|from mark bittman's article on easy-to-make dumpling, linked below|
we have no good chinese food in provo. i'm sorry if you disagree, but this cuisine is poorly represented here. (apologies to the four seasons hot pot restaurant, which i have yet to try.)
last night we went to a new, weird place in town that served sushi, chinese bento, dry pot, and some things that looked like hong kong style chinese food. i haven't had great dumplings in a while, so we started with steamed dumplings.
you know how amazing it is when you bite into a dumpling (a whole thing that i could talk about forever) and it's really hot and the juices spill down around your tongue, then the ginger and onion come forward and say hi, then you remember the chewy wrapper again, and the flavors and textures volley around in your mouth for a while?
then you swallow?
then you stick your chopsticks into the dish again for more?
well, that didn't happen last night.
the inside of my dumpling was lukewarm, mushy even, and i just can't forgive that. i want the pork and vegetables fully steamed and held together in a beautiful little ball inside a beautiful little package.
i'm sorry that i'm such a food snob, or so prone to high expectations when i should try to be realistic. i really tried to keep and open mind, to remember that i'm not necessarily living in a food mecca, to compare this dumpling to lesser, not greater, dumplings.
but i failed to be understanding.
i went home a little pissed off and deeply, deeply dissatisfied.
and you might say that i should have known better than to go to a sushi/chinese place. and you might be right.
so i dug up another favorite poem that i used to teach in years past to try to clear my palate.
li-young lee writes beautiful food poems (and other stuff, too.) they're not too precious and mouthy. like the rice, ginger, fish and green onion in the poem i pasted below, his food writing strikes a simple and pleasing balance of a respect and love for every day food without fetishizing it. and the food on the table of his poems is always accompanied by some other event, as it always is in life.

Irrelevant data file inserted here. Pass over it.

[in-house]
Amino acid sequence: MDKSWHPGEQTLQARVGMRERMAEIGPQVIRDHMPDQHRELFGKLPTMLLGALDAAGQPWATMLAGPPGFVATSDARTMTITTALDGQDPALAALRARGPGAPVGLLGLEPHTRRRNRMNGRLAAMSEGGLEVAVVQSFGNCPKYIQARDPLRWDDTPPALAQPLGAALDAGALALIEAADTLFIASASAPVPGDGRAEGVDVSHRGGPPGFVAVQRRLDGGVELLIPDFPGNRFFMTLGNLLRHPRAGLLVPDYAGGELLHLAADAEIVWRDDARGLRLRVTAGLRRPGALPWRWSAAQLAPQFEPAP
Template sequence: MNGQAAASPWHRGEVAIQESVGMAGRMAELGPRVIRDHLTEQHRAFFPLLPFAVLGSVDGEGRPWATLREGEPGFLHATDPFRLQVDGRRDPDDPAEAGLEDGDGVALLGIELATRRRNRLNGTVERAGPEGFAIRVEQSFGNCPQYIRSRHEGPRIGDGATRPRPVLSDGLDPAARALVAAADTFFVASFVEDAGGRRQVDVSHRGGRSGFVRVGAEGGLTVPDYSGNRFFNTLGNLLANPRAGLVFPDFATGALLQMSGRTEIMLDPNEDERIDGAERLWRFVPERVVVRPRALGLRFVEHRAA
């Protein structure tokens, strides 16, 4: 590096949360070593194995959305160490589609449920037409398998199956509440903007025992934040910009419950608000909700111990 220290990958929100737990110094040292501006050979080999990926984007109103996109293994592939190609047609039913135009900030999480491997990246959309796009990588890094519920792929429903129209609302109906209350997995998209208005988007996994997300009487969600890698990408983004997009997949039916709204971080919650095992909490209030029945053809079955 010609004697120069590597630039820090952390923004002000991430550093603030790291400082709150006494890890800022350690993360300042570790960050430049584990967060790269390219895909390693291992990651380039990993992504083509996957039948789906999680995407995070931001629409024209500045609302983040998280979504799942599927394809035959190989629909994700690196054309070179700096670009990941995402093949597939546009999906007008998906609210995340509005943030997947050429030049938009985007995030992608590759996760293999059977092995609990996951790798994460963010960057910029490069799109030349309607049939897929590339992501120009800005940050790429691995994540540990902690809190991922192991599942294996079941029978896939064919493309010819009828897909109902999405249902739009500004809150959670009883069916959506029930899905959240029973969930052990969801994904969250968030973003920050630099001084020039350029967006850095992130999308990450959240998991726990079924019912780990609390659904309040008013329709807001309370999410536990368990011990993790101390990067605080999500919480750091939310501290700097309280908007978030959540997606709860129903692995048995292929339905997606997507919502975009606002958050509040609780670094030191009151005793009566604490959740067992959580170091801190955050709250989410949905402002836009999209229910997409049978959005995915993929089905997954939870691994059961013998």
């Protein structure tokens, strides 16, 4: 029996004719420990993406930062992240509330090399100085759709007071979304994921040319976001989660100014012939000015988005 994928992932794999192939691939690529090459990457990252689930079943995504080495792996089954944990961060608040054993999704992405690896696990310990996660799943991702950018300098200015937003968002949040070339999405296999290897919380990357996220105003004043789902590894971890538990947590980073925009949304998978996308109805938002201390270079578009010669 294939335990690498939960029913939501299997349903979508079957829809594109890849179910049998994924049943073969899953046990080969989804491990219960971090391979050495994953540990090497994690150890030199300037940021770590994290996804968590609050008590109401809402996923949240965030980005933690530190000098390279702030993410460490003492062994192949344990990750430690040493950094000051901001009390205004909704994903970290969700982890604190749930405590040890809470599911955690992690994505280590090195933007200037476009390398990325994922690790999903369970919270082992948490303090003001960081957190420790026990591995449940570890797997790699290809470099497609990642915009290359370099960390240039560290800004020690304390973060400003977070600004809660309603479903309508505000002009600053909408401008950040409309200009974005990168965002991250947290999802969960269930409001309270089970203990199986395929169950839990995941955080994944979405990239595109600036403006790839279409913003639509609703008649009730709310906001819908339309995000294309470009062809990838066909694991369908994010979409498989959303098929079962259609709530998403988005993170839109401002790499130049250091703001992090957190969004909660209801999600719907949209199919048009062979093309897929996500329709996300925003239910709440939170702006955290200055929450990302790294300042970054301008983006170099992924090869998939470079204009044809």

it's pleasing. that's the best way i can describe his work. not too extreme. kind of gentle, but still striking and memorable, and i like the way he contextualizes things. he has a few notable food poems, but this one is especially clean and right. & good for a palate cleanser.
i hope you like it, and that if you have other suggestions about great food poetry, you'll post them here. also, check out alimentum, a journal devoted to literary food writing.
In the steamer is the trout
seasoned with slivers of ginger,
two sprigs of green onion, and sesame oil.
We shall eat it with rice for lunch,
brothers, sister, my mother who will
taste the sweetest meat of the head,
holding it between her fingers
deftly, the way my father did
weeks ago. Then he lay down
to sleep like a snow-covered road
winding through pines older than him,
without any travelers, and lonely for no one.
legwear: jeez. still wearing yoga pants from this morning's tough session (after a week out nursing my neck). that's a bad sign, i mean still wearing yoga pants late in the day when one has already been to class. yoga pants are not tights, though they do have their own thing going on, i must admit.
remember to get out of your yoga pants at least once a day, and maybe don a pair of super rad cosmic tights.
inspiration: clean flavors--trout, ginger, scallion, rice.
looking forward: to seeing a dangerous method tonight.
p.s. last year at chinese new year's i made dumplings from scratch with hector, my neighbor's chinese exchange student. we had a great time and they were very good. and how often does a 100 lb. teenaged boy teach you to cook and discuss homer with you at the same time? if you want to host your own dumpling party, here's a recipe to start with. it'll be easy, cuz it's bittman.